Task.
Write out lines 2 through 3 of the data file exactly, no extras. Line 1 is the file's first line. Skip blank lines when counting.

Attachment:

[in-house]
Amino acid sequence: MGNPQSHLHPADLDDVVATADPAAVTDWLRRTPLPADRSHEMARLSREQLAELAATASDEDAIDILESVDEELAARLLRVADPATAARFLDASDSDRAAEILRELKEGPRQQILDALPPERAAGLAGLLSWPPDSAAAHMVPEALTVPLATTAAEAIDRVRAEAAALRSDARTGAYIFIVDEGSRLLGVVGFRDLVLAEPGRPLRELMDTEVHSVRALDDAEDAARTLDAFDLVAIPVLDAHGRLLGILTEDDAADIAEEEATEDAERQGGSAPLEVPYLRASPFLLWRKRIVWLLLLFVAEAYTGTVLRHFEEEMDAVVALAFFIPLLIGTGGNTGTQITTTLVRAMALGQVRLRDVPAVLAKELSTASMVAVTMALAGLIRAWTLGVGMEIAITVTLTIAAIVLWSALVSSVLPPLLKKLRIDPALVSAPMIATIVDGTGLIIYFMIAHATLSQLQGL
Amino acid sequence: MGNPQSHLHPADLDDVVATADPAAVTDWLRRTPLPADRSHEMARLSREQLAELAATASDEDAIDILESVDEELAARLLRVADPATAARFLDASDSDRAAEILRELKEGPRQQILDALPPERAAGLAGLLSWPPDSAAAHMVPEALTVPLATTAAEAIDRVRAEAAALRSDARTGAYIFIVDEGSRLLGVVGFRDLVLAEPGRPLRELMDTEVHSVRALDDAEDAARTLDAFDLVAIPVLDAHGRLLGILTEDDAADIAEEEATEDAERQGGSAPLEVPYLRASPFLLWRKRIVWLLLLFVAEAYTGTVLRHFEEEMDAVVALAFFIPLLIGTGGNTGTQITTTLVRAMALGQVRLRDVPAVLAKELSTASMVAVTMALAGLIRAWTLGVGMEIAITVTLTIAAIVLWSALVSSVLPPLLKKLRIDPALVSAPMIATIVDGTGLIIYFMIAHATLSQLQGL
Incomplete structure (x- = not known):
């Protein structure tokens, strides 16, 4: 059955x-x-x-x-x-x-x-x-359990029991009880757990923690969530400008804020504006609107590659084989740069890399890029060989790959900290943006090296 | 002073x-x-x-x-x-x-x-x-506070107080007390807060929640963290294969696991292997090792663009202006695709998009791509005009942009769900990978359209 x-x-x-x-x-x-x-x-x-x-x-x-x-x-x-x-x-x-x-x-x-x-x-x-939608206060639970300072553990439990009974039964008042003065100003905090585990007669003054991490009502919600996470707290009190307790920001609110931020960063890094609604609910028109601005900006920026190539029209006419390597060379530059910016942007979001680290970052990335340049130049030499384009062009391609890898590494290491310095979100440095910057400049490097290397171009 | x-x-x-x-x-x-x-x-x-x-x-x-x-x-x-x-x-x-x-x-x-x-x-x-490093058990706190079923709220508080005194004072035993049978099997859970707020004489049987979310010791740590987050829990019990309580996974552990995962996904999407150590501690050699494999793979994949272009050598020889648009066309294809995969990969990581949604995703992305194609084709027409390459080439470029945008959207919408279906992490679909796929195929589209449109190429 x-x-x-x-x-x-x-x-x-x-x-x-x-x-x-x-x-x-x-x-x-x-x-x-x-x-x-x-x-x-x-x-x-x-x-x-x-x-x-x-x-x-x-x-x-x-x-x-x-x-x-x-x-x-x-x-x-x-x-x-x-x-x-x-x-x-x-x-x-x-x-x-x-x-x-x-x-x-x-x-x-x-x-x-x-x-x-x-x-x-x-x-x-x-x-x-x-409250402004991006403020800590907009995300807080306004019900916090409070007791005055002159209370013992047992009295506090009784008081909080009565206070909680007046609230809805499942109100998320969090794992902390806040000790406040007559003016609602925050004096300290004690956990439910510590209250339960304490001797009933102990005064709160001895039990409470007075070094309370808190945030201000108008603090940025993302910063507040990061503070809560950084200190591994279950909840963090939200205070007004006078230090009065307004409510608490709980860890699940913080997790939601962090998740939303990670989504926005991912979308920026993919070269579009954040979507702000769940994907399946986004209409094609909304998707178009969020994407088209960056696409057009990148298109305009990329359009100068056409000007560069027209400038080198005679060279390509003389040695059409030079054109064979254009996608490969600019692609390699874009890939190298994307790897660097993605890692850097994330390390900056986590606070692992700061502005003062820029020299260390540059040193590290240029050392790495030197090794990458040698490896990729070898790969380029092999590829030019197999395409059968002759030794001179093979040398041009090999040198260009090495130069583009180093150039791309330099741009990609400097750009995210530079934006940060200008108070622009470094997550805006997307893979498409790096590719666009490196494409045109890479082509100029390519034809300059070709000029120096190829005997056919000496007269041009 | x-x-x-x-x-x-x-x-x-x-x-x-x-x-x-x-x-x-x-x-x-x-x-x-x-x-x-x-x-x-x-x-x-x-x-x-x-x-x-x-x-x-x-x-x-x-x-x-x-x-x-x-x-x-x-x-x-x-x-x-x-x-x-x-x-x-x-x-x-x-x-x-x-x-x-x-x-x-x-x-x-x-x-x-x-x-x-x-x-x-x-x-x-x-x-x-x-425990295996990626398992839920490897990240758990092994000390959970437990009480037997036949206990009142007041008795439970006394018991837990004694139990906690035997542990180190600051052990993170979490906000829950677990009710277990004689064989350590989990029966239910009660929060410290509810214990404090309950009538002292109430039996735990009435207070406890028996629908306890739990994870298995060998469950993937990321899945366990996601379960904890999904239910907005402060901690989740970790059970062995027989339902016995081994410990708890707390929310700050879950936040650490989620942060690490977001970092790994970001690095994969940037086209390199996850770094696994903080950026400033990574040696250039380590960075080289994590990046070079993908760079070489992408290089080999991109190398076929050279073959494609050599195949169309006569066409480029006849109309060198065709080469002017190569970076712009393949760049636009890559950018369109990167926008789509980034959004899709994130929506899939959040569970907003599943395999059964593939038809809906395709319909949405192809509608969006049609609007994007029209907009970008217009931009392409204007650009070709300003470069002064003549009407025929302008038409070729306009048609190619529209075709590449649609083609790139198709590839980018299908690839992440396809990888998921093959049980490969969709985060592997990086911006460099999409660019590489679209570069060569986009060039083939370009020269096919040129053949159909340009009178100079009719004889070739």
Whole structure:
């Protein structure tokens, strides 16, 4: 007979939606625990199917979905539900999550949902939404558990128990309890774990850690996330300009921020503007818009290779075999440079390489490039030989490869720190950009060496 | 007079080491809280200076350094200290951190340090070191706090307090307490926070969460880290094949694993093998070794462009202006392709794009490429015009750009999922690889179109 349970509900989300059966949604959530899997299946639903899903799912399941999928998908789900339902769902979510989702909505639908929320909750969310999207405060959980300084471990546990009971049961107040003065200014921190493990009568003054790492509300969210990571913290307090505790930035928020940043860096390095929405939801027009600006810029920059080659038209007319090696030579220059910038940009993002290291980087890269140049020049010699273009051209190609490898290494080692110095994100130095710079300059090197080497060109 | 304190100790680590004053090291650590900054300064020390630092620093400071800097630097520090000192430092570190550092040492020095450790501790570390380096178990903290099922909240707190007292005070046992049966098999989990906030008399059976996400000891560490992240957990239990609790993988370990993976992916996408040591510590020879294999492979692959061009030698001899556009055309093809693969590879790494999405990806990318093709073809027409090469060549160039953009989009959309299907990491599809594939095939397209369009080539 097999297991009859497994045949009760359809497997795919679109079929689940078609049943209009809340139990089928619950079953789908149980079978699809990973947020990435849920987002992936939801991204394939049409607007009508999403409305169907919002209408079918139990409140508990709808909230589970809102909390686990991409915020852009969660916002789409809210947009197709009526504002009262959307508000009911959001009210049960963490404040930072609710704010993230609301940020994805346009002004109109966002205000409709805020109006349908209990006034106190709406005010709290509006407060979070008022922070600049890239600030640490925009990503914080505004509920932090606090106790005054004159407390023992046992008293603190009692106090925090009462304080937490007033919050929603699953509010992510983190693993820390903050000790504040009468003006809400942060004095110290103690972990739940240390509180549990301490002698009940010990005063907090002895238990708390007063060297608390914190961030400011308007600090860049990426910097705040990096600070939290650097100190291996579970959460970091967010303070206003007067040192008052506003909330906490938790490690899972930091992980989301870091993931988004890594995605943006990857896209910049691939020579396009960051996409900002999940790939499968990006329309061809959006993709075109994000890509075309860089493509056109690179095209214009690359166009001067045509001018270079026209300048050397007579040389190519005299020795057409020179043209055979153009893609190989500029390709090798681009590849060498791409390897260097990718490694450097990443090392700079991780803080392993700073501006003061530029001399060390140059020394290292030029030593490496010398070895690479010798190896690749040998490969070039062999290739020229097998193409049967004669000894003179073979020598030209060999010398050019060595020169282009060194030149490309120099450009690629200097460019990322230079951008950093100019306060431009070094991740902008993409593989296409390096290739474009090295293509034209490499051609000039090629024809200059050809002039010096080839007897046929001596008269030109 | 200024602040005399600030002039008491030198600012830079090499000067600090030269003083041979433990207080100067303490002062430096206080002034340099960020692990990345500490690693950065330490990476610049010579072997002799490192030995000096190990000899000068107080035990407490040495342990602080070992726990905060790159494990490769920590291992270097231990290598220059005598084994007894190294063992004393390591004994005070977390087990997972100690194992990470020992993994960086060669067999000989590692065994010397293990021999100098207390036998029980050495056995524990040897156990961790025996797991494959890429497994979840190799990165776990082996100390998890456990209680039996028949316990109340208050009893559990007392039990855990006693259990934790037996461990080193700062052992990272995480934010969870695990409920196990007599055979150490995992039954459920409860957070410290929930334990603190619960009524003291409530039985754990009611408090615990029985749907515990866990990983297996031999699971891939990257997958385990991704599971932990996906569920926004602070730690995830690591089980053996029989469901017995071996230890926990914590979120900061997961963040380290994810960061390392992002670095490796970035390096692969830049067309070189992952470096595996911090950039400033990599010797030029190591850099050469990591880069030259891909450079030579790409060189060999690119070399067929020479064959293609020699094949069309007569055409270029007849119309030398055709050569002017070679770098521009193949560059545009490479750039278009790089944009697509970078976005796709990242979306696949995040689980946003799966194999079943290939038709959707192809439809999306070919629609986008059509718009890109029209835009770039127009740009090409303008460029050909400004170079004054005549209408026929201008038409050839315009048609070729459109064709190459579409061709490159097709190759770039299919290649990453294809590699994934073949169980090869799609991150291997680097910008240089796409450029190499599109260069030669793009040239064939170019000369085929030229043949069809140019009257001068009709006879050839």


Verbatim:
Amino acid sequence: MGNPQSHLHPADLDDVVATADPAAVTDWLRRTPLPADRSHEMARLSREQLAELAATASDEDAIDILESVDEELAARLLRVADPATAARFLDASDSDRAAEILRELKEGPRQQILDALPPERAAGLAGLLSWPPDSAAAHMVPEALTVPLATTAAEAIDRVRAEAAALRSDARTGAYIFIVDEGSRLLGVVGFRDLVLAEPGRPLRELMDTEVHSVRALDDAEDAARTLDAFDLVAIPVLDAHGRLLGILTEDDAADIAEEEATEDAERQGGSAPLEVPYLRASPFLLWRKRIVWLLLLFVAEAYTGTVLRHFEEEMDAVVALAFFIPLLIGTGGNTGTQITTTLVRAMALGQVRLRDVPAVLAKELSTASMVAVTMALAGLIRAWTLGVGMEIAITVTLTIAAIVLWSALVSSVLPPLLKKLRIDPALVSAPMIATIVDGTGLIIYFMIAHATLSQLQGL
Amino acid sequence: MGNPQSHLHPADLDDVVATADPAAVTDWLRRTPLPADRSHEMARLSREQLAELAATASDEDAIDILESVDEELAARLLRVADPATAARFLDASDSDRAAEILRELKEGPRQQILDALPPERAAGLAGLLSWPPDSAAAHMVPEALTVPLATTAAEAIDRVRAEAAALRSDARTGAYIFIVDEGSRLLGVVGFRDLVLAEPGRPLRELMDTEVHSVRALDDAEDAARTLDAFDLVAIPVLDAHGRLLGILTEDDAADIAEEEATEDAERQGGSAPLEVPYLRASPFLLWRKRIVWLLLLFVAEAYTGTVLRHFEEEMDAVVALAFFIPLLIGTGGNTGTQITTTLVRAMALGQVRLRDVPAVLAKELSTASMVAVTMALAGLIRAWTLGVGMEIAITVTLTIAAIVLWSALVSSVLPPLLKKLRIDPALVSAPMIATIVDGTGLIIYFMIAHATLSQLQGL